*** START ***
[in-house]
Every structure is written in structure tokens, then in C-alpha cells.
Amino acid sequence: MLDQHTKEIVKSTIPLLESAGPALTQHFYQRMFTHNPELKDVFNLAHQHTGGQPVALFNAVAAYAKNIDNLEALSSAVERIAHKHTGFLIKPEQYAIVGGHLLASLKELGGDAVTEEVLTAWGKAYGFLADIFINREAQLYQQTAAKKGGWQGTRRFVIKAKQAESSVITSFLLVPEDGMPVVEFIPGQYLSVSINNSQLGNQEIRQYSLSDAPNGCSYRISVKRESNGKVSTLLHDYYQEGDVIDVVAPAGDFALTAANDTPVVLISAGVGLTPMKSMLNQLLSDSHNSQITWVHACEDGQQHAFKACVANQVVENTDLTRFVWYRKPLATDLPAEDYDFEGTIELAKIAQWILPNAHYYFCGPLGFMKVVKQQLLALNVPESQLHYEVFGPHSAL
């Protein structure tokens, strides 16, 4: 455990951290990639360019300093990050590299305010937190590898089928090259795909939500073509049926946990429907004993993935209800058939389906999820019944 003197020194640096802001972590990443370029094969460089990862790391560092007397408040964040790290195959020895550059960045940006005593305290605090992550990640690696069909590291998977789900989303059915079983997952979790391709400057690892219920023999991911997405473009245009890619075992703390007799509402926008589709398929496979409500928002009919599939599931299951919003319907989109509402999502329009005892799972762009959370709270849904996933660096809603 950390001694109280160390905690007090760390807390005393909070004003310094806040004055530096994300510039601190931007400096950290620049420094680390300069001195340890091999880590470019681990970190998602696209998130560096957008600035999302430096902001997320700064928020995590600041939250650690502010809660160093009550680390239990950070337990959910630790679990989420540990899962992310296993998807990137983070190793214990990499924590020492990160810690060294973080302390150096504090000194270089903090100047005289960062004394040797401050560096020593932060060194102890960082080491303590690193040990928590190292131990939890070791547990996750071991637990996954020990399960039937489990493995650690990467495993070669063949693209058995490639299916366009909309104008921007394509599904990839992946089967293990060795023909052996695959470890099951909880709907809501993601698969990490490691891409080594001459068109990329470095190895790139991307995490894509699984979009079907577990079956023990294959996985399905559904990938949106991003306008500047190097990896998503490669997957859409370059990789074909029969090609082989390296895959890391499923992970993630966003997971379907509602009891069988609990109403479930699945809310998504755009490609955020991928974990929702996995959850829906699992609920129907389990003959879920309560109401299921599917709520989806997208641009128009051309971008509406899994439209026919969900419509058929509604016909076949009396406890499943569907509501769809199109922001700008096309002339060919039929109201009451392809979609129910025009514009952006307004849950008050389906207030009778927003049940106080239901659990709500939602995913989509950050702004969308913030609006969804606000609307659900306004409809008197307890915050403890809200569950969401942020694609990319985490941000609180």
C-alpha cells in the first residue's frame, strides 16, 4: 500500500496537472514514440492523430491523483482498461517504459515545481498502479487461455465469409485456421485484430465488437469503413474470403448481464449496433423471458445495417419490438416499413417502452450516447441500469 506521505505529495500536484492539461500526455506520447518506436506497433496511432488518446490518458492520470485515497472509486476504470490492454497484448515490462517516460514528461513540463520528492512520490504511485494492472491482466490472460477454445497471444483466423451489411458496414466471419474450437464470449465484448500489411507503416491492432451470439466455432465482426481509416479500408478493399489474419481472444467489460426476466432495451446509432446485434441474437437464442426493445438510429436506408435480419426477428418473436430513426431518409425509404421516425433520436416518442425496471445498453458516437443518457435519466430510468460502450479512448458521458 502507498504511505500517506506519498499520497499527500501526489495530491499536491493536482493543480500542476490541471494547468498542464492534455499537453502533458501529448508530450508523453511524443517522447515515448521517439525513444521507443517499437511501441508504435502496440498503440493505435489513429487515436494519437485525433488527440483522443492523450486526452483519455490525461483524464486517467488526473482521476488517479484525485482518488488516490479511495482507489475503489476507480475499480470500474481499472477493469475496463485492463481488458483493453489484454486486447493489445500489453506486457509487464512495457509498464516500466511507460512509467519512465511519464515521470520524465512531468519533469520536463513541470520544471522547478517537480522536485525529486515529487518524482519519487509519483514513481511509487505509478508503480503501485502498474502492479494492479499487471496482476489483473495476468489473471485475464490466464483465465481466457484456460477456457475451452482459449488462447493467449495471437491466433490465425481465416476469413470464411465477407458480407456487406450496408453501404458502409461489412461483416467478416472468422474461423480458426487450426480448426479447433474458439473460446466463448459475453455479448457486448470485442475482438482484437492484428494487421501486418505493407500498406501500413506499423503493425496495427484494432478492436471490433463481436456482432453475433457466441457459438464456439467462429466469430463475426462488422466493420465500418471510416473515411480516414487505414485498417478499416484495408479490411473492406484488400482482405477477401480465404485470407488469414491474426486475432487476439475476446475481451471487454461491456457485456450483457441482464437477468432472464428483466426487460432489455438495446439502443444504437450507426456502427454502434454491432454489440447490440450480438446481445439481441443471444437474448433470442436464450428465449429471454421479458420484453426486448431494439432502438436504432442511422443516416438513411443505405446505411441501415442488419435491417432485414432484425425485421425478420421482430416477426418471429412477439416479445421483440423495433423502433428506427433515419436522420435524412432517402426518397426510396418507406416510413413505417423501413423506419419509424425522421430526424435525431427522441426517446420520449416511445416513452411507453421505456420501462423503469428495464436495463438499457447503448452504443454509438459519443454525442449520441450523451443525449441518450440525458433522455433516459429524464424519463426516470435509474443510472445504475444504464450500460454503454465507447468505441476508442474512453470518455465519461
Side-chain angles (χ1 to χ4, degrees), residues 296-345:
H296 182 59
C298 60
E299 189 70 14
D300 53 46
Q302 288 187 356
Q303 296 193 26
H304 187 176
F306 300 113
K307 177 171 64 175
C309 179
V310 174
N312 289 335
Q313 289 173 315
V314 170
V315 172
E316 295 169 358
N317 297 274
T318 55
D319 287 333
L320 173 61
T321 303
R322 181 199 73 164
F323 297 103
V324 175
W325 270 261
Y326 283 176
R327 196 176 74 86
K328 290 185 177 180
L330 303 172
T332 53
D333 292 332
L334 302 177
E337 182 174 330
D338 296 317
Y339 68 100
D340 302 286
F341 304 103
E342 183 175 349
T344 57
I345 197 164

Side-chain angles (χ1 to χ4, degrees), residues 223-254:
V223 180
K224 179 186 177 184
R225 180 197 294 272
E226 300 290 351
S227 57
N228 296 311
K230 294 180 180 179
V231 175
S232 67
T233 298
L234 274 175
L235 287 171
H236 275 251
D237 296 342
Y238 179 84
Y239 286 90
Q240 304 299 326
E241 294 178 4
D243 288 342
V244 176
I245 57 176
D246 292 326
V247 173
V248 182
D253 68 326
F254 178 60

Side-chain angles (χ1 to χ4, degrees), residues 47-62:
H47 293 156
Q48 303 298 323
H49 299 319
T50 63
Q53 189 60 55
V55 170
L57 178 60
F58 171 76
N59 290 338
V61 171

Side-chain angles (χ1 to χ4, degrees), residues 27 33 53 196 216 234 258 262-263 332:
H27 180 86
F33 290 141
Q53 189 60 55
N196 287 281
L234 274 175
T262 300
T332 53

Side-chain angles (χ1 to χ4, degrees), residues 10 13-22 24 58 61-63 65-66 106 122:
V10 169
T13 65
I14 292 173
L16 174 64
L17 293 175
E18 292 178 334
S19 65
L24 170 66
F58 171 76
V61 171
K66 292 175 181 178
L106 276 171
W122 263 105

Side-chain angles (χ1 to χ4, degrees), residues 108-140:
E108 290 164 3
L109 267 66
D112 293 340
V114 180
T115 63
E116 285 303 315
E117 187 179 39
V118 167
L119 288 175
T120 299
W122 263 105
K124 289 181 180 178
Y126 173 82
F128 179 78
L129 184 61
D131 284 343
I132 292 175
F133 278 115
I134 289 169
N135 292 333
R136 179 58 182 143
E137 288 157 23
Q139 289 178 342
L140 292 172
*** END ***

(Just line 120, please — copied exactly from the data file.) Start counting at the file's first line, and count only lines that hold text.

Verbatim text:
Y126 173 82